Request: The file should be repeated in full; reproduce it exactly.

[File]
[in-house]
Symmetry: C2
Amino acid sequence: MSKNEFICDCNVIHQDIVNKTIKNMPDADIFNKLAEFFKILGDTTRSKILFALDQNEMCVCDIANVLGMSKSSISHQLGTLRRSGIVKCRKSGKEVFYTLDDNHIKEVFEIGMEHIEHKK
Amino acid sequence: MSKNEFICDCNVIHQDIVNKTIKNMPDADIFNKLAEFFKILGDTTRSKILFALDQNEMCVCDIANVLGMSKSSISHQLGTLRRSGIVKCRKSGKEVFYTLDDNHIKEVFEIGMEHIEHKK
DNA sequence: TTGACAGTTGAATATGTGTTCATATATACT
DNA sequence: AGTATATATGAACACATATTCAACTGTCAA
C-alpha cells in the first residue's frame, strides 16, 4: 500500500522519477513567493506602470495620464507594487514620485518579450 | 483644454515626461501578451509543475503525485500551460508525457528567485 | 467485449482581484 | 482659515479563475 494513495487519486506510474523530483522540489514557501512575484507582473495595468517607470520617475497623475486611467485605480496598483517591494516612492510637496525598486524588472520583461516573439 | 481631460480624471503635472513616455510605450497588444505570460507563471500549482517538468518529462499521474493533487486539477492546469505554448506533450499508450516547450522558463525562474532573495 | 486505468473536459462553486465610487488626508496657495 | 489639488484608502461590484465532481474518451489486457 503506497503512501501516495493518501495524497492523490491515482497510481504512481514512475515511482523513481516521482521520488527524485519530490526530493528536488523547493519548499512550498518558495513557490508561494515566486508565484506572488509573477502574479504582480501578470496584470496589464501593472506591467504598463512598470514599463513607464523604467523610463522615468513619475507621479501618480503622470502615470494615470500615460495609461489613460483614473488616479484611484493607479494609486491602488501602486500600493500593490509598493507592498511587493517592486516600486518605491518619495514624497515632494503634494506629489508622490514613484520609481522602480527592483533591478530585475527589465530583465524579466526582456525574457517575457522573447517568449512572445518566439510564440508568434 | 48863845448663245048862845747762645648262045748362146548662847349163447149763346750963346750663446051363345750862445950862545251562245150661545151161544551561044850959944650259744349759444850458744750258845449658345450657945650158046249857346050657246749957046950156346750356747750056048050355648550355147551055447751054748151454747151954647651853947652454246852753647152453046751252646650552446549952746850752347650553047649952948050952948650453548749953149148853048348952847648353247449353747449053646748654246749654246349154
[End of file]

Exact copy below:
[in-house]
Symmetry: C2
Amino acid sequence: MSKNEFICDCNVIHQDIVNKTIKNMPDADIFNKLAEFFKILGDTTRSKILFALDQNEMCVCDIANVLGMSKSSISHQLGTLRRSGIVKCRKSGKEVFYTLDDNHIKEVFEIGMEHIEHKK
Amino acid sequence: MSKNEFICDCNVIHQDIVNKTIKNMPDADIFNKLAEFFKILGDTTRSKILFALDQNEMCVCDIANVLGMSKSSISHQLGTLRRSGIVKCRKSGKEVFYTLDDNHIKEVFEIGMEHIEHKK
DNA sequence: TTGACAGTTGAATATGTGTTCATATATACT
DNA sequence: AGTATATATGAACACATATTCAACTGTCAA
C-alpha cells in the first residue's frame, strides 16, 4: 500500500522519477513567493506602470495620464507594487514620485518579450 | 483644454515626461501578451509543475503525485500551460508525457528567485 | 467485449482581484 | 482659515479563475 494513495487519486506510474523530483522540489514557501512575484507582473495595468517607470520617475497623475486611467485605480496598483517591494516612492510637496525598486524588472520583461516573439 | 481631460480624471503635472513616455510605450497588444505570460507563471500549482517538468518529462499521474493533487486539477492546469505554448506533450499508450516547450522558463525562474532573495 | 486505468473536459462553486465610487488626508496657495 | 489639488484608502461590484465532481474518451489486457 503506497503512501501516495493518501495524497492523490491515482497510481504512481514512475515511482523513481516521482521520488527524485519530490526530493528536488523547493519548499512550498518558495513557490508561494515566486508565484506572488509573477502574479504582480501578470496584470496589464501593472506591467504598463512598470514599463513607464523604467523610463522615468513619475507621479501618480503622470502615470494615470500615460495609461489613460483614473488616479484611484493607479494609486491602488501602486500600493500593490509598493507592498511587493517592486516600486518605491518619495514624497515632494503634494506629489508622490514613484520609481522602480527592483533591478530585475527589465530583465524579466526582456525574457517575457522573447517568449512572445518566439510564440508568434 | 48863845448663245048862845747762645648262045748362146548662847349163447149763346750963346750663446051363345750862445950862545251562245150661545151161544551561044850959944650259744349759444850458744750258845449658345450657945650158046249857346050657246749957046950156346750356747750056048050355648550355147551055447751054748151454747151954647651853947652454246852753647152453046751252646650552446549952746850752347650553047649952948050952948650453548749953149148853048348952847648353247449353747449053646748654246749654246349154